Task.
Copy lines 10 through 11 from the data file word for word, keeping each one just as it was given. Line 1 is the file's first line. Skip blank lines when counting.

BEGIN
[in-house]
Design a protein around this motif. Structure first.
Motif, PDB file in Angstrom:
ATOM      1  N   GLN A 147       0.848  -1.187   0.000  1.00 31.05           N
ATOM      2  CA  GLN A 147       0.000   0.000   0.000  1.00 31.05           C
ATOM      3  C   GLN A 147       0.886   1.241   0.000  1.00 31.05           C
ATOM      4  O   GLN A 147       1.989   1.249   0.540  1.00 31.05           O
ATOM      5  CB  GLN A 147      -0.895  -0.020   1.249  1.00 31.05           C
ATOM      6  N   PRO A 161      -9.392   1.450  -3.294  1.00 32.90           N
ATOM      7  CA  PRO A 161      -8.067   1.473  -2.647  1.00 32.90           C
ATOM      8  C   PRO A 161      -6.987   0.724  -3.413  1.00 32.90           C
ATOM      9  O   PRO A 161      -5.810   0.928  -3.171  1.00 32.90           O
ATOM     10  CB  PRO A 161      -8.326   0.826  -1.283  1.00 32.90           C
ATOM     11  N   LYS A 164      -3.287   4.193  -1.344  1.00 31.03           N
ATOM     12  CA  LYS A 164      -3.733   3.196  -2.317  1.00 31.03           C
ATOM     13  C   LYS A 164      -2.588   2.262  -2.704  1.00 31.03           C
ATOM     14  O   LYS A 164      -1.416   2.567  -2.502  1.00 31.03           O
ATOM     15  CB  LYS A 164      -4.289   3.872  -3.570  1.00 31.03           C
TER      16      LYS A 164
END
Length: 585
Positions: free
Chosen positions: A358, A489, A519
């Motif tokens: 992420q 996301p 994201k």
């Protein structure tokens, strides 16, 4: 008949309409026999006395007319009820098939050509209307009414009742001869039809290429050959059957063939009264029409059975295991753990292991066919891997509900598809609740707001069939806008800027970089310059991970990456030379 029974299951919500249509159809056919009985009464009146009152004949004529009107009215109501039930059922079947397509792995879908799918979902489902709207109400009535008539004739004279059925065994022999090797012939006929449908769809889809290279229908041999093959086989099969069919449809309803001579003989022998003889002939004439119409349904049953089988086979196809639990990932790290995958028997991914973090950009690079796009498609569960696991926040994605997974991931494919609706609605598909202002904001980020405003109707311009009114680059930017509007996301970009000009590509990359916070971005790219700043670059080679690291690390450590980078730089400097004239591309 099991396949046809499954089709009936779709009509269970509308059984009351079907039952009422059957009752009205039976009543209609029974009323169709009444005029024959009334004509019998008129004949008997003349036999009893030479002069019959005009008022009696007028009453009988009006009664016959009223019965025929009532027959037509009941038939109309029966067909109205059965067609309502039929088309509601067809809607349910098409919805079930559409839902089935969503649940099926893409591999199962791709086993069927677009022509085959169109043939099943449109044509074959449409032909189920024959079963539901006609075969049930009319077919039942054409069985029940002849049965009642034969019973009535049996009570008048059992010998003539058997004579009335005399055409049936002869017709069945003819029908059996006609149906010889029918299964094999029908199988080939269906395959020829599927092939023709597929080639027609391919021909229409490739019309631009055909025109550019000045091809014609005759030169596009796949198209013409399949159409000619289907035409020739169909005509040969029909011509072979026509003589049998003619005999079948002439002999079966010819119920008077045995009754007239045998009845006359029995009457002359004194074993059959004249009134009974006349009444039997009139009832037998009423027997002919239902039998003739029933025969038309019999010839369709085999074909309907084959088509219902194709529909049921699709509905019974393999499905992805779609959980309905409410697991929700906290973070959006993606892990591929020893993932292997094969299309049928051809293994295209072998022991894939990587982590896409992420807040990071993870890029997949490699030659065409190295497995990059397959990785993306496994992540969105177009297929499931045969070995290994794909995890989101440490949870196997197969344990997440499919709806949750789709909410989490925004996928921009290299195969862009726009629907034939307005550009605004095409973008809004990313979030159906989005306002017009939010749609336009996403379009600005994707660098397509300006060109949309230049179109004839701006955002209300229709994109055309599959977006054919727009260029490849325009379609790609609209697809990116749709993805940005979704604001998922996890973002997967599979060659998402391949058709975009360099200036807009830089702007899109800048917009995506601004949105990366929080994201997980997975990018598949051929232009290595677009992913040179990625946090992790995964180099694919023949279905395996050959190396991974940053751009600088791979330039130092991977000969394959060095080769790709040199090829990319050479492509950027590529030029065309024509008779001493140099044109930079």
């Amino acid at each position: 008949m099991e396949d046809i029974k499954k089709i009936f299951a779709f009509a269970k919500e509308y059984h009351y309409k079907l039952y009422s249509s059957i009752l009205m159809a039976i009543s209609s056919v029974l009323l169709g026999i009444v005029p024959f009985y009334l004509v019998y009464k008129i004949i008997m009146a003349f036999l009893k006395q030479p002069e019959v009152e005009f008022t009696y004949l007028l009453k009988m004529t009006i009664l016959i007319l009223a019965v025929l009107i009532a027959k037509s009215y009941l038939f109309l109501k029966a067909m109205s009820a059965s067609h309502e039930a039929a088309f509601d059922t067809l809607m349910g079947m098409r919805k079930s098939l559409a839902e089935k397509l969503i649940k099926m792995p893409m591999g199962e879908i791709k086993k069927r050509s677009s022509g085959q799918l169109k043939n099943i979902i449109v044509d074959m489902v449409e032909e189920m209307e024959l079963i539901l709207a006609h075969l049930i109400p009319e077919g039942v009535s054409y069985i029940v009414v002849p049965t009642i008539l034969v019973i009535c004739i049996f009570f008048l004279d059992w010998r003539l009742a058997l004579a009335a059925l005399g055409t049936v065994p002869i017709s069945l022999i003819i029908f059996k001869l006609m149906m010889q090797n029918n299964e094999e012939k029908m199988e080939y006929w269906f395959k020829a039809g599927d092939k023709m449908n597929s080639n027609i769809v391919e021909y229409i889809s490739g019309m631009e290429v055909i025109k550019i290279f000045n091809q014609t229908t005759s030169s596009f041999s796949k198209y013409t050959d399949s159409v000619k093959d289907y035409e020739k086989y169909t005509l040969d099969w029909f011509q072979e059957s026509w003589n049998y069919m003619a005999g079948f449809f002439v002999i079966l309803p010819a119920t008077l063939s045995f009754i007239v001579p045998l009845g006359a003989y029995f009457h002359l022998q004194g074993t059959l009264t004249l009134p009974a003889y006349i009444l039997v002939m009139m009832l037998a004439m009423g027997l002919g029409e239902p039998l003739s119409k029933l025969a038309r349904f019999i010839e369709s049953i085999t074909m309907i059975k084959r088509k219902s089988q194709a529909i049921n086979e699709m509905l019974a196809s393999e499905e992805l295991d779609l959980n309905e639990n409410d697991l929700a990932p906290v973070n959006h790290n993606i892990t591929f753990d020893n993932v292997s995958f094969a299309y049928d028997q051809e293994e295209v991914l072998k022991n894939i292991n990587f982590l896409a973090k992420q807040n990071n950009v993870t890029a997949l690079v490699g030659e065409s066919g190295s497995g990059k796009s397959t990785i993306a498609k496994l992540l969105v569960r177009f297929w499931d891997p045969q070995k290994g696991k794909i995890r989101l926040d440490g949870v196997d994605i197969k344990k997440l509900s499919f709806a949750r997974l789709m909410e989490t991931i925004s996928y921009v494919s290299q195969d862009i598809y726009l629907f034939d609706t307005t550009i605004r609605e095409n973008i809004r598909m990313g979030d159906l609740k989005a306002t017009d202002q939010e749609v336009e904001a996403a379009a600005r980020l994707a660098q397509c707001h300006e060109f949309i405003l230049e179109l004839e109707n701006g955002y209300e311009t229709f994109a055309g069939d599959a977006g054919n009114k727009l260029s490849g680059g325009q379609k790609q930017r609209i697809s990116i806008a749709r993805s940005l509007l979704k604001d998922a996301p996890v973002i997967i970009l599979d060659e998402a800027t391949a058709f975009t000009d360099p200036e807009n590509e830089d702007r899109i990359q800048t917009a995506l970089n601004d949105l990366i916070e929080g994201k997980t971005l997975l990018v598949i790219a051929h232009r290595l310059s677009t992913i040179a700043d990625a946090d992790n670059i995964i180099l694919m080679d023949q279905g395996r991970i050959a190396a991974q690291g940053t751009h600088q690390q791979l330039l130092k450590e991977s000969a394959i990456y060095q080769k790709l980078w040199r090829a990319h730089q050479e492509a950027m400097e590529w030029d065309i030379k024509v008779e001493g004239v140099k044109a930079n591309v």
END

ATOM      7  CA  PRO A 161      -8.067   1.473  -2.647  1.00 32.90           C
ATOM      8  C   PRO A 161      -6.987   0.724  -3.413  1.00 32.90           C